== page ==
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There's a canonical way of going the other way, starting with two linear categories with nice finiteness properties, with adjoint functors between them and getting a pair of vector spaces with adjoint linear transformations. The vector spaces are generated by formal symbols for each object in the category, and the inner product between any objects is the dimension of the Hom space (so Hom spaces had better be finite dimensional). Note that this doesn't have to be symmetric.

Functors give linear transformations, and adjoint functors are adjoint in the usual sense.

You can soup up this construction when you have some more structures on your category. For example, if you have a direct sum, then you can impose the relation [A+B]=[A]+[B], $[A+B]=[A]+[B]$, and everything will work fine.

If your category is abelian, you can take Grothendieck group, where [A]+[C]=[B] $[A]+[C]=[B]$ for every short exact sequence $0\to A -> \to B -> C\to C\to 0$, but then you have to be much more careful about the fact that lots of functors (including Hom with objects in the category!) aren't exact: they don't send short exact sequences to short exact sequences. You need to use derived functors to fix this.

There's no canonical way of going the direction you asked, though in practice we have a very good record of being able to and I don't know of any really good examples of there being two equal natural seeming but different such constructions.

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There's a canonical way of going the other way, starting with two linear categories with nice finiteness properties, with adjoint functors between them and getting a pair of vector spaces with adjoint linear transformations. The vector spaces are generated by formal symbols for each object in the category, and the inner product between any objects is the dimension of the Hom space (so Hom spaces had better be finite dimensional). Note that this doesn't have to be symmetric.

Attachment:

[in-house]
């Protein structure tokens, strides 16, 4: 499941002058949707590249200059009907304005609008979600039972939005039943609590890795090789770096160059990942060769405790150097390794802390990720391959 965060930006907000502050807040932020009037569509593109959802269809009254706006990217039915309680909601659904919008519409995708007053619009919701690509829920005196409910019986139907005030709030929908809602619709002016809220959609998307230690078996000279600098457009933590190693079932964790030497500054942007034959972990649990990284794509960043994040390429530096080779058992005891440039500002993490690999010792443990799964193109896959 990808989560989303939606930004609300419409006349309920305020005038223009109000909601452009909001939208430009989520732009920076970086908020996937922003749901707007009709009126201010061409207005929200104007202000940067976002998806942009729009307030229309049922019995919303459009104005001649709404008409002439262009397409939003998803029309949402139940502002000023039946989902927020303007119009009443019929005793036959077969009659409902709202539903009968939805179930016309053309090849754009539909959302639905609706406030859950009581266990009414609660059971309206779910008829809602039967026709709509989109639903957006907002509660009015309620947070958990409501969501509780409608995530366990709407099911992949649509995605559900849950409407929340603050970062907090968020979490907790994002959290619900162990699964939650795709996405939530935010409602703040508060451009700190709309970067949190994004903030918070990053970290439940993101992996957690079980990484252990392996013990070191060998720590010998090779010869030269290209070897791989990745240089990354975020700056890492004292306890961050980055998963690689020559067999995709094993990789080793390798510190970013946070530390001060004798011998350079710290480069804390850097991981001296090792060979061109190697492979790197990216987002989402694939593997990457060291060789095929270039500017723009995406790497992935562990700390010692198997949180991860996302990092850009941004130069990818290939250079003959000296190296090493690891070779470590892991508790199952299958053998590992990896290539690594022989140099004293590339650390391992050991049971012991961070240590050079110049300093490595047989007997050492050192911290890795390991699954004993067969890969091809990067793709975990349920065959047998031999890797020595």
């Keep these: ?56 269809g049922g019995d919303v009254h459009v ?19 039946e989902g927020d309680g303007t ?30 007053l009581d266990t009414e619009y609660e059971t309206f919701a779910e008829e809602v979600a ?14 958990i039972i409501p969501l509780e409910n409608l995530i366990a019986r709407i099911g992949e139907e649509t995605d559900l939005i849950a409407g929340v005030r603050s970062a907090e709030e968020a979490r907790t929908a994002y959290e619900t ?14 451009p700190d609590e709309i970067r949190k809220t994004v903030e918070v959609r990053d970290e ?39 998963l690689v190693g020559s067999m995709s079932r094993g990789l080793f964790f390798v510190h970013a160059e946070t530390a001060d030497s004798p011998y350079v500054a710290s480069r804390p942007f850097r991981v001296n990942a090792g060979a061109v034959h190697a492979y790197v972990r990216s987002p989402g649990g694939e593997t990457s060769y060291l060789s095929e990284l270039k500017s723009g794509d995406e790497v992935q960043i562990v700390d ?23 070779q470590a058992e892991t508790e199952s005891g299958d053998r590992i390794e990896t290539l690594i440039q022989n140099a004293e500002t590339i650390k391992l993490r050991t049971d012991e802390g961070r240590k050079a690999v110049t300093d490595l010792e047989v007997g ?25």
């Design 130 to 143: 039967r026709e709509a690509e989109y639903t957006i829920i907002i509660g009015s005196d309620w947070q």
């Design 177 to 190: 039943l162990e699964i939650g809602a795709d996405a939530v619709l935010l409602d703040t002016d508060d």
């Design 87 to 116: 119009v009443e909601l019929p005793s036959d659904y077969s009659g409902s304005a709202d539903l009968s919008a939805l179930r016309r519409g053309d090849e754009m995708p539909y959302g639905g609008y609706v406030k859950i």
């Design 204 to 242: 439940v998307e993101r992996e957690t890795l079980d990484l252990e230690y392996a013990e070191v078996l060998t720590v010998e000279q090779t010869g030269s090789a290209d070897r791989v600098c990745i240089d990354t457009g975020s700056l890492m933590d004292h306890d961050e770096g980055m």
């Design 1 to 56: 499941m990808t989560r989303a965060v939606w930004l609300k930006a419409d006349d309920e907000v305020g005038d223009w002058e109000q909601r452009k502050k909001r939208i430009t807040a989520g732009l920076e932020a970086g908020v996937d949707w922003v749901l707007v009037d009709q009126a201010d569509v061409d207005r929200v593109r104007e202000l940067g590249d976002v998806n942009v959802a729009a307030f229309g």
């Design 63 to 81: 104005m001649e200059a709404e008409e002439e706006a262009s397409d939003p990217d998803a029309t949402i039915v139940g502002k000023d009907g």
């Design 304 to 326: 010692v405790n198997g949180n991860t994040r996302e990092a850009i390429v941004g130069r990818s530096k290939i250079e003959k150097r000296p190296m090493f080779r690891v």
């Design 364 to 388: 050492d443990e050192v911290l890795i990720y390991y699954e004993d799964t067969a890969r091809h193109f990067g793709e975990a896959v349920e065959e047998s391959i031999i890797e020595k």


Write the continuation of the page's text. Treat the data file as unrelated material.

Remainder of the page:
Functors give linear transformations, and adjoint functors are adjoint in the usual sense.

You can soup up this construction when you have some more structures on your category. For example, if you have a direct sum, then you can impose the relation [A+B]=[A]+[B], and everything will work fine.

If your category is abelian, you can take Grothendieck group, where [A]+[C]=[B] for every short exact sequence A -> B -> C, but then you have to be much more careful about the fact that lots of functors (including Hom with objects in the category!) aren't exact: they don't send short exact sequences to short exact sequences. You need to use derived functors to fix this.

There's no canonical way of going the direction you asked, though in practice we have a very good record of being able to and I don't know of any really good examples of there being two equal natural seeming but different such constructions.